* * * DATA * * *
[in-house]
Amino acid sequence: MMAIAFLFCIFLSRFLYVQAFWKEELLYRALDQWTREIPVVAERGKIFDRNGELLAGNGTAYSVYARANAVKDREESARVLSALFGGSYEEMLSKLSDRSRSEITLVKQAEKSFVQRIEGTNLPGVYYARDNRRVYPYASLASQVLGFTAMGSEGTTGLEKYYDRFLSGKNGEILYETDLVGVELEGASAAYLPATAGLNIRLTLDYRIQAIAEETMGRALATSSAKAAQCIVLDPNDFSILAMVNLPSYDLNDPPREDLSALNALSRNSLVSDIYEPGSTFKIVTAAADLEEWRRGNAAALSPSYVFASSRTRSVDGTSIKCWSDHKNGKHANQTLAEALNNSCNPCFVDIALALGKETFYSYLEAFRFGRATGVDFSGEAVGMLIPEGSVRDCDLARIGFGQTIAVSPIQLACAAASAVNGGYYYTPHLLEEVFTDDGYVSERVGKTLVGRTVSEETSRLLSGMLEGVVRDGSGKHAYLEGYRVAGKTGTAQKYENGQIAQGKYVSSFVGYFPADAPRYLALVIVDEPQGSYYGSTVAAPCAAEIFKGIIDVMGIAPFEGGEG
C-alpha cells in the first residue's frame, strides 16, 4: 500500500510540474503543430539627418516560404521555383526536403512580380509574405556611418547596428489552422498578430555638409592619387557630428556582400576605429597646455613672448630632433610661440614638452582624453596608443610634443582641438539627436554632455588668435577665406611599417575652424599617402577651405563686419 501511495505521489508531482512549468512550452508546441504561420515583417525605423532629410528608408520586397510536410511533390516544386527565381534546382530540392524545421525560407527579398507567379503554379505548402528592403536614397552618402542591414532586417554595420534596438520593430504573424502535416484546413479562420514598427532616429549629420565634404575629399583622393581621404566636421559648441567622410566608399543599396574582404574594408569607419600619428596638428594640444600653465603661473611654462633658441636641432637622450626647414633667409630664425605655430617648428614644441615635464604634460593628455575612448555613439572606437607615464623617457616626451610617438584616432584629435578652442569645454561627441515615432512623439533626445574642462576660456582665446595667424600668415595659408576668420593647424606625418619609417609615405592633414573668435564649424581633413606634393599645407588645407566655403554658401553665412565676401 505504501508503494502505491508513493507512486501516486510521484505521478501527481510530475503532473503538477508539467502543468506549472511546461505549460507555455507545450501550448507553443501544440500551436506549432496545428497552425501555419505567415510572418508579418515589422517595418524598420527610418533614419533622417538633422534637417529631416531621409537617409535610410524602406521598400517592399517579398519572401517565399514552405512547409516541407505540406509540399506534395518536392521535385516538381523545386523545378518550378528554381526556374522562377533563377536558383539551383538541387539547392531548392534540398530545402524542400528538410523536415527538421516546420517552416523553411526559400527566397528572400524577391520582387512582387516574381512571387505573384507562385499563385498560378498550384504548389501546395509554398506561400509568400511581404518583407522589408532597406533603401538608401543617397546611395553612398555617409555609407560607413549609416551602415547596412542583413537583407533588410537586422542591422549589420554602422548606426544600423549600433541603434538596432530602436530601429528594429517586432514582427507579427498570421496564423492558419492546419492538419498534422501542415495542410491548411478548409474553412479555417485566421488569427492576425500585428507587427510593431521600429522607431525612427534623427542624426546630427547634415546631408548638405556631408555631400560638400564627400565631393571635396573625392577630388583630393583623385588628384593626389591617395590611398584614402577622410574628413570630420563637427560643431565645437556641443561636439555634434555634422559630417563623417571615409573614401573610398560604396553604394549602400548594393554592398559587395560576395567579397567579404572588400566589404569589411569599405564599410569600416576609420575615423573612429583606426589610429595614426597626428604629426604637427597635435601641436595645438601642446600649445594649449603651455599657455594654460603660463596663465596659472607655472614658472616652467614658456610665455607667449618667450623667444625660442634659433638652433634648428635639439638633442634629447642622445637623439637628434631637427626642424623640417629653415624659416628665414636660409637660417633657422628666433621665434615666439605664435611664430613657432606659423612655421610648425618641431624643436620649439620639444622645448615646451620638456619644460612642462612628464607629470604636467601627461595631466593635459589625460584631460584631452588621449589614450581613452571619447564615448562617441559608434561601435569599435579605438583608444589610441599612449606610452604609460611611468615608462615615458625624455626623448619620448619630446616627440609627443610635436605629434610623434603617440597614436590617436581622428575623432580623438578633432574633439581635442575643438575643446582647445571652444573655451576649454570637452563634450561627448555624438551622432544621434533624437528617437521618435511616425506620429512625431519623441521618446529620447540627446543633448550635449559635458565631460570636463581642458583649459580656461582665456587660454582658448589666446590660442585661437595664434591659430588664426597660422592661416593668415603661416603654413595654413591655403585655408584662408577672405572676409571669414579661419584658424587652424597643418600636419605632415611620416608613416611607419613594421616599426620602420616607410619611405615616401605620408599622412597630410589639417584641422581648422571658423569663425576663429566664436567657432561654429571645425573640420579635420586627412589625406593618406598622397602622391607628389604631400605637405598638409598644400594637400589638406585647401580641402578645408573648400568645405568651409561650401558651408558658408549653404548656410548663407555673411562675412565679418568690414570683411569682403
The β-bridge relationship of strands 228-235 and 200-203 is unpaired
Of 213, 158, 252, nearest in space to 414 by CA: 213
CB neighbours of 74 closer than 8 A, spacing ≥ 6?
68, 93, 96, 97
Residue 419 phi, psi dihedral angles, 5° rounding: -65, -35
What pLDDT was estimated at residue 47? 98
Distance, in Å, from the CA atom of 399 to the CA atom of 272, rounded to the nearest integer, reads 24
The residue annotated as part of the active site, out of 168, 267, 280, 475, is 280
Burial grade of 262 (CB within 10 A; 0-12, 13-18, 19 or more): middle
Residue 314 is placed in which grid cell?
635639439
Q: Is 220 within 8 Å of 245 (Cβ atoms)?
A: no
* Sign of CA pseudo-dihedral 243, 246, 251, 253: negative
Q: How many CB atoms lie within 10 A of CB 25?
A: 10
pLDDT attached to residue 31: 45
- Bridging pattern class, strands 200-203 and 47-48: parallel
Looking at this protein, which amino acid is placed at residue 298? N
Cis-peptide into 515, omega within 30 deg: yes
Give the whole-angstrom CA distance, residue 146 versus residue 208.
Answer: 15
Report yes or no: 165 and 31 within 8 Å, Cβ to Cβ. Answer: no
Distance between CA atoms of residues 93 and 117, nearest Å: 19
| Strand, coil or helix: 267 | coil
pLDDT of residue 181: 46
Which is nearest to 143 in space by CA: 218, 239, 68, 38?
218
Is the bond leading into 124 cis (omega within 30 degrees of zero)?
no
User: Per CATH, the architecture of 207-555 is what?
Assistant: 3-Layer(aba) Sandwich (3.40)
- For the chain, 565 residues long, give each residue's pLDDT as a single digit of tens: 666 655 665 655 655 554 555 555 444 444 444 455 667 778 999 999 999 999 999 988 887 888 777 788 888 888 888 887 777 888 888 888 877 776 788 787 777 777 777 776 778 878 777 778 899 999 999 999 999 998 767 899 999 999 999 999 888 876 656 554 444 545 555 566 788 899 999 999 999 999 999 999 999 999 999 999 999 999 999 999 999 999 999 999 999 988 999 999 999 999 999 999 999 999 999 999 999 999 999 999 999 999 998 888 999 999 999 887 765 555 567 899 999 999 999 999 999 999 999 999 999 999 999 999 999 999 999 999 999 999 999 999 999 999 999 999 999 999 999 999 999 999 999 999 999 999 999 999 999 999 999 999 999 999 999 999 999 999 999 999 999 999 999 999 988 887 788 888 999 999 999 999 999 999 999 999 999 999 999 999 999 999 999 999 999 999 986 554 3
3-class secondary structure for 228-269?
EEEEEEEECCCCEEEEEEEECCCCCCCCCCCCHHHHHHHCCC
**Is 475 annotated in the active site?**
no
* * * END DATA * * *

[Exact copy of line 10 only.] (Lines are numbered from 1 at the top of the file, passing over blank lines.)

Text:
Distance, in Å, from the CA atom of 399 to the CA atom of 272, rounded to the nearest integer, reads 24